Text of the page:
Genomics

Hybridogenesis in water frogs gametes.svg
Genomics is an interdisciplinary field of science focusing on the structure, function, evolution, mapping, and editing of genomes. A genome is an organism's complete set of DNA, including all of its genes. In contrast to genetics, which refers to the study of individual genes and their roles in inheritance, genomics aims at the collective characterization and quantification of genes, which direct the production of proteins with the assistance of enzymes and messenger molecules. In turn, proteins make up body structures such as organs and tissues as well as control chemical reactions and carry signals between cells. Genomics also involves the sequencing and analysis of genomes through uses of high throughput DNA sequencing and bioinformatics to assemble and analyze the function and structure of entire genomes.[1][2][3] Advances in genomics have triggered a revolution in discovery-based research and systems biology to facilitate understanding of even the most complex biological systems such as the brain.[4]

The field also includes studies of intragenomic (within the genome) phenomena such as epistasis (effect of one gene on another), pleiotropy (one gene affecting more than one trait), heterosis (hybrid vigour), and other interactions between loci and alleles within the genome.[5]

From the Greek ΓΕΝ[6] gen, "gene" (gamma, epsilon, nu, epsilon) meaning "become, create, creation, birth", and subsequent variants: genealogy, genesis, genetics, genic, genomere, genotype, genus etc. While the word genome (from the German Genom, attributed to Hans Winkler) was in use in English as early as 1926,[7] the term genomics was coined by Tom Roderick, a geneticist at the Jackson Laboratory (Bar Harbor, Maine), over beer at a meeting held in Maryland on the mapping of the human genome in 1986.[8]

Following Rosalind Franklin's confirmation of the helical structure of DNA, James D. Watson and Francis Crick's publication of the structure of DNA in 1953 and Fred Sanger's publication of the Amino acid sequence of insulin in 1955, nucleic acid sequencing became a major target of early molecular biologists.[9] In 1964, Robert W. Holley and colleagues published the first nucleic acid sequence ever determined, the ribonucleotide sequence of alanine transfer RNA.[10][11] Extending this work, Marshall Nirenberg and Philip Leder revealed the triplet nature of the genetic code and were able to determine the sequences of 54 out of 64 codons in their experiments.[12] In 1972, Walter Fiers and his team at the Laboratory of Molecular Biology of the University of Ghent (Ghent, Belgium) were the first to determine the sequence of a gene: the gene for Bacteriophage MS2 coat protein.[13] Fiers' group expanded on their MS2 coat protein work, determining the complete nucleotide-sequence of bacteriophage MS2-RNA (whose genome encodes just four genes in 3569 base pairs [bp]) and Simian virus 40 in 1976 and 1978, respectively.[14][15]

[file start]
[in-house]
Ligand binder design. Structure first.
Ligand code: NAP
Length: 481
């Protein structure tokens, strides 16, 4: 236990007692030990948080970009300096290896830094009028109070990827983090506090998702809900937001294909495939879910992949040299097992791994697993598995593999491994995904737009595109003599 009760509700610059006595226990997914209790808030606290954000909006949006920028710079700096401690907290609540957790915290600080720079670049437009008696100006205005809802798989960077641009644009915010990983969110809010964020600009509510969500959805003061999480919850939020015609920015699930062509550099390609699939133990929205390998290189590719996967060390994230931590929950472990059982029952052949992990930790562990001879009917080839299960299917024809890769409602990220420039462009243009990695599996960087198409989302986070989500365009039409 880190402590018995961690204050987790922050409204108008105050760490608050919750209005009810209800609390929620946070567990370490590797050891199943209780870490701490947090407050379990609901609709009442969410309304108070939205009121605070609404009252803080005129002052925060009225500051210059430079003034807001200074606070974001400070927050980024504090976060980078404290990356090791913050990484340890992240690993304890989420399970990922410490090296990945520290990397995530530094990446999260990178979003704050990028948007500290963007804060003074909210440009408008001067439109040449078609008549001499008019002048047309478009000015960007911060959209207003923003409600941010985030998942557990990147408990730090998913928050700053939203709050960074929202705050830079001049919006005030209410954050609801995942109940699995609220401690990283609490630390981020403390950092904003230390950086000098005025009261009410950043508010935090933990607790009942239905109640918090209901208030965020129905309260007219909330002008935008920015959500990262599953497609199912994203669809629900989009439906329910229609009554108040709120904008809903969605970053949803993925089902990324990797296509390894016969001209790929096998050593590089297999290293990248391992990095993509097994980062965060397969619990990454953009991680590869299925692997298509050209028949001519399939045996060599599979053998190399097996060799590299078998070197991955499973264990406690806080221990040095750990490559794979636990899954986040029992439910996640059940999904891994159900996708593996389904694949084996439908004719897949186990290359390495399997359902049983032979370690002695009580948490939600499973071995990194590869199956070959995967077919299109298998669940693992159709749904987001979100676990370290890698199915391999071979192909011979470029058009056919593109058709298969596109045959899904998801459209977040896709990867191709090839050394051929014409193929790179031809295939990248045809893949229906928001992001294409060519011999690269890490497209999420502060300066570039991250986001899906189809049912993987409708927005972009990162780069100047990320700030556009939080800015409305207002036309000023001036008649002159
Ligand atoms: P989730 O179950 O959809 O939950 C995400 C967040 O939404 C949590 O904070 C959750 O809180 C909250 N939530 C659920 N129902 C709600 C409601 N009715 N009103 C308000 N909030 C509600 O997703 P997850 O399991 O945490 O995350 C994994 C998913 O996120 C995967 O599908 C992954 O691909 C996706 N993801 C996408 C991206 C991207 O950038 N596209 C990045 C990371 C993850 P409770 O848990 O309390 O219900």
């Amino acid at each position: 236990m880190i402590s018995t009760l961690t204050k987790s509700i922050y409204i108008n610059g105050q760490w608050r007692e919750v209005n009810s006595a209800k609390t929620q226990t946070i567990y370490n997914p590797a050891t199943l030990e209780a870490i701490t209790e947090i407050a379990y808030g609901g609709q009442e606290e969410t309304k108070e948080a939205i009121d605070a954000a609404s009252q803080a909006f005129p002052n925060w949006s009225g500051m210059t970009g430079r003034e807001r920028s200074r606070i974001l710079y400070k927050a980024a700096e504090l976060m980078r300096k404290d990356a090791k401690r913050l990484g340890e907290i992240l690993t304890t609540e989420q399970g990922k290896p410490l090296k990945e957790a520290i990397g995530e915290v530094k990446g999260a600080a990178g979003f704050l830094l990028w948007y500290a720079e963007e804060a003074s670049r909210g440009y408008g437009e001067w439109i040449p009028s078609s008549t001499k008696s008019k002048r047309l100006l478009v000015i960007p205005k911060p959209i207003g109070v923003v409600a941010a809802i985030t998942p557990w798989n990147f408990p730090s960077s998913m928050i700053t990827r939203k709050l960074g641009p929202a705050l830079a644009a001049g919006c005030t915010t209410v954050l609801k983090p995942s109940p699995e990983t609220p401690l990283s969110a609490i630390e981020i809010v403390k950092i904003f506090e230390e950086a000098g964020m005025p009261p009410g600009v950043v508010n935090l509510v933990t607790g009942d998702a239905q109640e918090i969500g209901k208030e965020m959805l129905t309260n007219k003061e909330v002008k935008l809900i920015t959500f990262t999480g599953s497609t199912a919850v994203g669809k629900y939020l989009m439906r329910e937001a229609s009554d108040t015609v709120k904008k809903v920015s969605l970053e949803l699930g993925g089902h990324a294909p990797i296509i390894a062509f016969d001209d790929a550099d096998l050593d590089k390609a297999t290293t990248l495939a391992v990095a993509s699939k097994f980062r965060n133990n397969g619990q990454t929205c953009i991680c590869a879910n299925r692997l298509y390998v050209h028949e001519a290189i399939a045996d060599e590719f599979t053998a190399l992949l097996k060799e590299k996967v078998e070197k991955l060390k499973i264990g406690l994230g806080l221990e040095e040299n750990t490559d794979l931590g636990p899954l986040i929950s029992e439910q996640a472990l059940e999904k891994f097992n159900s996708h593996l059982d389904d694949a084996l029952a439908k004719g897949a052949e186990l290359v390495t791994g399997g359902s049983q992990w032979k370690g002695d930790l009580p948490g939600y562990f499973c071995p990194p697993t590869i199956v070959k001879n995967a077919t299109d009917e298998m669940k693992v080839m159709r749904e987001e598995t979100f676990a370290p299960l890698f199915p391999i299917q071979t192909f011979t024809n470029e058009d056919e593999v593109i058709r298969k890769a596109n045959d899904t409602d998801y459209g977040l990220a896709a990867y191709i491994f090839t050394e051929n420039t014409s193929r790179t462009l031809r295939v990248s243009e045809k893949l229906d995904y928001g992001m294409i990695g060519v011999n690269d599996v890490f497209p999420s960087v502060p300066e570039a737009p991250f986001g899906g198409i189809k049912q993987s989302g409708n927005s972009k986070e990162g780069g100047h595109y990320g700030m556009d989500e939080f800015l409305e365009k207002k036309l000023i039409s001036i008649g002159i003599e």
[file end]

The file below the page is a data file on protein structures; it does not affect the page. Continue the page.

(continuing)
In addition to his seminal work on the amino acid sequence of insulin, Frederick Sanger and his colleagues played a key role in the development of DNA sequencing techniques that enabled the establishment of comprehensive genome sequencing projects.[5] In 1975, he and Alan Coulson published a sequencing procedure using DNA polymerase with radiolabelled nucleotides that he called the Plus and Minus technique.[16][17] This involved two closely related methods that generated short oligonucleotides with defined 3' termini. These could be fractionated by electrophoresis on a polyacrylamide gel (called polyacrylamide gel electrophoresis) and visualised using autoradiography. The procedure could sequence up to 80 nucleotides in one go and was a big improvement, but was still very laborious. Nevertheless, in 1977 his group was able to sequence most of the 5,386 nucleotides of the single-stranded bacteriophage φX174, completing the first fully sequenced DNA-based genome.[18] The refinement of the Plus and Minus method resulted in the chain-termination, or Sanger method (see below), which formed the basis of the techniques of DNA sequencing, genome mapping, data storage, and bioinformatic analysis most widely used in the following quarter-century of research.[19][20] In the same year Walter Gilbert and Allan Maxam of Harvard University independently developed the Maxam-Gilbert method (also known as the chemical method) of DNA sequencing, involving the preferential cleavage of DNA at known bases, a less efficient method.[21][22] For their groundbreaking work in the sequencing of nucleic acids, Gilbert and Sanger shared half the 1980 Nobel Prize in chemistry with Paul Berg (recombinant DNA).